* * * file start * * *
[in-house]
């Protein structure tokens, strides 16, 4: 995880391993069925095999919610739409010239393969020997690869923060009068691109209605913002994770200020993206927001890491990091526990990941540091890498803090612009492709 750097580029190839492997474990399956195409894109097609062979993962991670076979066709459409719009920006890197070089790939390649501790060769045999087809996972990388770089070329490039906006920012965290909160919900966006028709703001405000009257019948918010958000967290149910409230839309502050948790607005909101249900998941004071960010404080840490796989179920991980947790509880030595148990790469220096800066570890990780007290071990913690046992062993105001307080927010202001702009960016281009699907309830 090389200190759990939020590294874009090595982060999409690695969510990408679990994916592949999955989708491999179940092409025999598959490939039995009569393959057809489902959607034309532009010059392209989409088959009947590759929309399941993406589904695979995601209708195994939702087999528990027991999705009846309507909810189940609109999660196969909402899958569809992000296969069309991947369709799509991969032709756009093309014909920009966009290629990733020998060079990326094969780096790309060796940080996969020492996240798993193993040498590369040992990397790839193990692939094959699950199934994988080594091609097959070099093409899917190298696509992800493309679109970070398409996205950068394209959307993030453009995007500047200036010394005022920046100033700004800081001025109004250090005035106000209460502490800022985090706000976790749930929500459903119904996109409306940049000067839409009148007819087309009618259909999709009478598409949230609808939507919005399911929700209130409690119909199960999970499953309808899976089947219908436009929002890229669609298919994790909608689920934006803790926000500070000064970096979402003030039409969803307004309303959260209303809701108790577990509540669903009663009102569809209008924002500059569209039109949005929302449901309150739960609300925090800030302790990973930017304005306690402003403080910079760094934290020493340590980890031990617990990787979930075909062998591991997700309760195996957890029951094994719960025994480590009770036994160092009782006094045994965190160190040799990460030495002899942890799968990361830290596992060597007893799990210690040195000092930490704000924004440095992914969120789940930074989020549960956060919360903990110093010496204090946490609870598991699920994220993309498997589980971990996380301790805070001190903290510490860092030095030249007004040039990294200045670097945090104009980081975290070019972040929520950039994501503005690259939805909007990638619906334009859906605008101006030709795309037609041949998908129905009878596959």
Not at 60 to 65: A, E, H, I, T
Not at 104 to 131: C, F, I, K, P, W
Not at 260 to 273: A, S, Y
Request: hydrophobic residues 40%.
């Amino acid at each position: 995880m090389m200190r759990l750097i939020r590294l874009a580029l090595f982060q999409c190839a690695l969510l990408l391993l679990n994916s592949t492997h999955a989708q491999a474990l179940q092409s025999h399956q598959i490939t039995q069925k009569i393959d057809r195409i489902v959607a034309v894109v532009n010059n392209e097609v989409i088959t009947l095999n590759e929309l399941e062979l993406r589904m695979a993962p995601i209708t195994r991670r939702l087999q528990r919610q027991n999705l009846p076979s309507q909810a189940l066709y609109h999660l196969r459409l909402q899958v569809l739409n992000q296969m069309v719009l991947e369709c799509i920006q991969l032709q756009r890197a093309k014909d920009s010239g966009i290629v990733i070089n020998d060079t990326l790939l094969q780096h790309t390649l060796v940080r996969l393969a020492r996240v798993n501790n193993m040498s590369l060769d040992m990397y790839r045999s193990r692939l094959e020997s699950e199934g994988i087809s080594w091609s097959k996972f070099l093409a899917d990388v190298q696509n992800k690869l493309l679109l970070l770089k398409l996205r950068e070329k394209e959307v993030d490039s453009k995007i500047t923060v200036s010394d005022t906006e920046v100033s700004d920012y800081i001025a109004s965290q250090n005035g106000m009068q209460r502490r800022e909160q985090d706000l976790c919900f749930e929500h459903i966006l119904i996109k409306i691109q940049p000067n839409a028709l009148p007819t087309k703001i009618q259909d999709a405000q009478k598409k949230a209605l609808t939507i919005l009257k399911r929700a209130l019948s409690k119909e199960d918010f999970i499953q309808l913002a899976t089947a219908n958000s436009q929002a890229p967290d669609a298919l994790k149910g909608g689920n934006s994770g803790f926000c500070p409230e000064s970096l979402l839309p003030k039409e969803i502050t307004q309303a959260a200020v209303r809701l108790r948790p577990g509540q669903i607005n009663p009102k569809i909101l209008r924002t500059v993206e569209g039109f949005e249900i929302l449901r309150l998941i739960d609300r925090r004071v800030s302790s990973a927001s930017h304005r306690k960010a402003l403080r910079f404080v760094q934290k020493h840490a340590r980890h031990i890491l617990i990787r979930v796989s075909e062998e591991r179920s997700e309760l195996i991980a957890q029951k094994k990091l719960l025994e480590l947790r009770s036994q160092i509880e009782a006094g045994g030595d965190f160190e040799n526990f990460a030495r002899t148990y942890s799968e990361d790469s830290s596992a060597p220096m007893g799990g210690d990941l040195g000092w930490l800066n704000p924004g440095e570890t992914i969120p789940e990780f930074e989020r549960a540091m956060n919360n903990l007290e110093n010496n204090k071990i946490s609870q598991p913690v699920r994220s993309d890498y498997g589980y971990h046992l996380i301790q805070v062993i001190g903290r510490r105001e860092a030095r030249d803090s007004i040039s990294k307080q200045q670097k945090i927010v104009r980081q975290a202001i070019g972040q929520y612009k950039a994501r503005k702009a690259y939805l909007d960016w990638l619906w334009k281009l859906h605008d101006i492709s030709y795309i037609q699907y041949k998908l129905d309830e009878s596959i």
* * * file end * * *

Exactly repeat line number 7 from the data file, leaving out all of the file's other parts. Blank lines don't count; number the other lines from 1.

């Amino acid at each position: 995880m090389m200190r759990l750097i939020r590294l874009a580029l090595f982060q999409c190839a690695l969510l990408l391993l679990n994916s592949t492997h999955a989708q491999a474990l179940q092409s025999h399956q598959i490939t039995q069925k009569i393959d057809r195409i489902v959607a034309v894109v532009n010059n392209e097609v989409i088959t009947l095999n590759e929309l399941e062979l993406r589904m695979a993962p995601i209708t195994r991670r939702l087999q528990r919610q027991n999705l009846p076979s309507q909810a189940l066709y609109h999660l196969r459409l909402q899958v569809l739409n992000q296969m069309v719009l991947e369709c799509i920006q991969l032709q756009r890197a093309k014909d920009s010239g966009i290629v990733i070089n020998d060079t990326l790939l094969q780096h790309t390649l060796v940080r996969l393969a020492r996240v798993n501790n193993m040498s590369l060769d040992m990397y790839r045999s193990r692939l094959e020997s699950e199934g994988i087809s080594w091609s097959k996972f070099l093409a899917d990388v190298q696509n992800k690869l493309l679109l970070l770089k398409l996205r950068e070329k394209e959307v993030d490039s453009k995007i500047t923060v200036s010394d005022t906006e920046v100033s700004d920012y800081i001025a109004s965290q250090n005035g106000m009068q209460r502490r800022e909160q985090d706000l976790c919900f749930e929500h459903i966006l119904i996109k409306i691109q940049p000067n839409a028709l009148p007819t087309k703001i009618q259909d999709a405000q009478k598409k949230a209605l609808t939507i919005l009257k399911r929700a209130l019948s409690k119909e199960d918010f999970i499953q309808l913002a899976t089947a219908n958000s436009q929002a890229p967290d669609a298919l994790k149910g909608g689920n934006s994770g803790f926000c500070p409230e000064s970096l979402l839309p003030k039409e969803i502050t307004q309303a959260a200020v209303r809701l108790r948790p577990g509540q669903i607005n009663p009102k569809i909101l209008r924002t500059v993206e569209g039109f949005e249900i929302l449901r309150l998941i739960d609300r925090r004071v800030s302790s990973a927001s930017h304005r306690k960010a402003l403080r910079f404080v760094q934290k020493h840490a340590r980890h031990i890491l617990i990787r979930v796989s075909e062998e591991r179920s997700e309760l195996i991980a957890q029951k094994k990091l719960l025994e480590l947790r009770s036994q160092i509880e009782a006094g045994g030595d965190f160190e040799n526990f990460a030495r002899t148990y942890s799968e990361d790469s830290s596992a060597p220096m007893g799990g210690d990941l040195g000092w930490l800066n704000p924004g440095e570890t992914i969120p789940e990780f930074e989020r549960a540091m956060n919360n903990l007290e110093n010496n204090k071990i946490s609870q598991p913690v699920r994220s993309d890498y498997g589980y971990h046992l996380i301790q805070v062993i001190g903290r510490r105001e860092a030095r030249d803090s007004i040039s990294k307080q200045q670097k945090i927010v104009r980081q975290a202001i070019g972040q929520y612009k950039a994501r503005k702009a690259y939805l909007d960016w990638l619906w334009k281009l859906h605008d101006i492709s030709y795309i037609q699907y041949k998908l129905d309830e009878s596959i």